Death and taxes

Typically, Americans are all thinking about the Tax Man today (or Uncle Sam, if you prefer a friendlier face), but COVID-19 has granted us a stay of three months, extending the IRS filing deadline to July 15.

“Death and taxes,” goes the phrase, often attributed to Ben Franklin in this aphoristic construction: “In this world nothing can be said to be certain, except death and taxes.” Though it may not have been Franklin’s phrasing, the couplet “death and taxes” provides us with a whimsical, if morbid reminder that a few stark realities are always with us. There are limits to our freedom and strictures to our ambitions.

In fact, we have numerous reminders from history–on this very day, April 15–that our greatest achievements and noblest persons are still bound by temporal limits. 

  • Last year on this day, Notre Dame Cathedral caught fire, destroying most of the roof, the 19th century spire, and a good bit of the vaulting.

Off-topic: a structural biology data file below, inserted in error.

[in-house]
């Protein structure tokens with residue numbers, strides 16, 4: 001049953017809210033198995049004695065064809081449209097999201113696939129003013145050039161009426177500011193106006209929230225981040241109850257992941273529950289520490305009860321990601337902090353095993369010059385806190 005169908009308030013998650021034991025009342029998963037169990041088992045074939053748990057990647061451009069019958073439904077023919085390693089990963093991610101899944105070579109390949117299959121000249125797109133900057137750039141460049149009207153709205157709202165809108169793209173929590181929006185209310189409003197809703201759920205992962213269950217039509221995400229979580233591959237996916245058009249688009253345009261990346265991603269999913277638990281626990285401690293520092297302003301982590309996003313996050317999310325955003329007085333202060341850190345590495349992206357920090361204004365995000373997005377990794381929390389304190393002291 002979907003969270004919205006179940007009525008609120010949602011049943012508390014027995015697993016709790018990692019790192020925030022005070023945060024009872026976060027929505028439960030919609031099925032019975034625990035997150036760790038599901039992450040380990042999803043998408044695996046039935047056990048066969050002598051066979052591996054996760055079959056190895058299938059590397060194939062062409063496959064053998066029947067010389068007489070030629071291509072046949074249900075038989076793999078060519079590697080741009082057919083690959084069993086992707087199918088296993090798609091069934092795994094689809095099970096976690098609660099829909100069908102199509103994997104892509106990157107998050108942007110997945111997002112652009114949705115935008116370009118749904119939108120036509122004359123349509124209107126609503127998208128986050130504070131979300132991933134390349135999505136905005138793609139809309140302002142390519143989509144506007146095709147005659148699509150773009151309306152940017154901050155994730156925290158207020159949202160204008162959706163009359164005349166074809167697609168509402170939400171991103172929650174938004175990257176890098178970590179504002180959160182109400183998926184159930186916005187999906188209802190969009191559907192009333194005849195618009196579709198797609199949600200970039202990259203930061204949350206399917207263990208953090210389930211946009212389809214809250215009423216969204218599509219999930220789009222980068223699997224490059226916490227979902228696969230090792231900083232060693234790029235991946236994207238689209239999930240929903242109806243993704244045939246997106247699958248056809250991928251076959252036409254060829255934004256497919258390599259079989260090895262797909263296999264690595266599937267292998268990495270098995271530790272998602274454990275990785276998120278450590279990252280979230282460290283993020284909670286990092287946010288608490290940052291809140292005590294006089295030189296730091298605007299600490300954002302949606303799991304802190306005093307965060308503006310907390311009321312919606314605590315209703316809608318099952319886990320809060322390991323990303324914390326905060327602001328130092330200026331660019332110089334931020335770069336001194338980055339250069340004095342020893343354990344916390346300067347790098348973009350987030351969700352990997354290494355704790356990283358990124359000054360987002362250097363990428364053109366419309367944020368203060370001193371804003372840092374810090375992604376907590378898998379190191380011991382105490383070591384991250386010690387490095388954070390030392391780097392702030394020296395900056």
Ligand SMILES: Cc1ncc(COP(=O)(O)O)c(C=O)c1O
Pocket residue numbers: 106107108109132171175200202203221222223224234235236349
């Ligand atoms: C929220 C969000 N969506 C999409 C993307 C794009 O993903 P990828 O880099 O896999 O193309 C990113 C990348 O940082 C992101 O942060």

• In 1989, 96 were killed at Hillsborough Stadium in Sheffield, England, crushed by a crowd of soccer fans.
  • In 1912, the “Unsinkable” RMS Titanic sank on its maiden voyage from Southampton, England to New York City.
  • In 1865, Abraham Lincoln died from his mortal wound, having been shot by the Shakespearean actor John Wilkes Booth.

It’s a sombre list that should remind us to “look on [our] Works, ye Mighty” …at least once a year, to displace hubris with humility.


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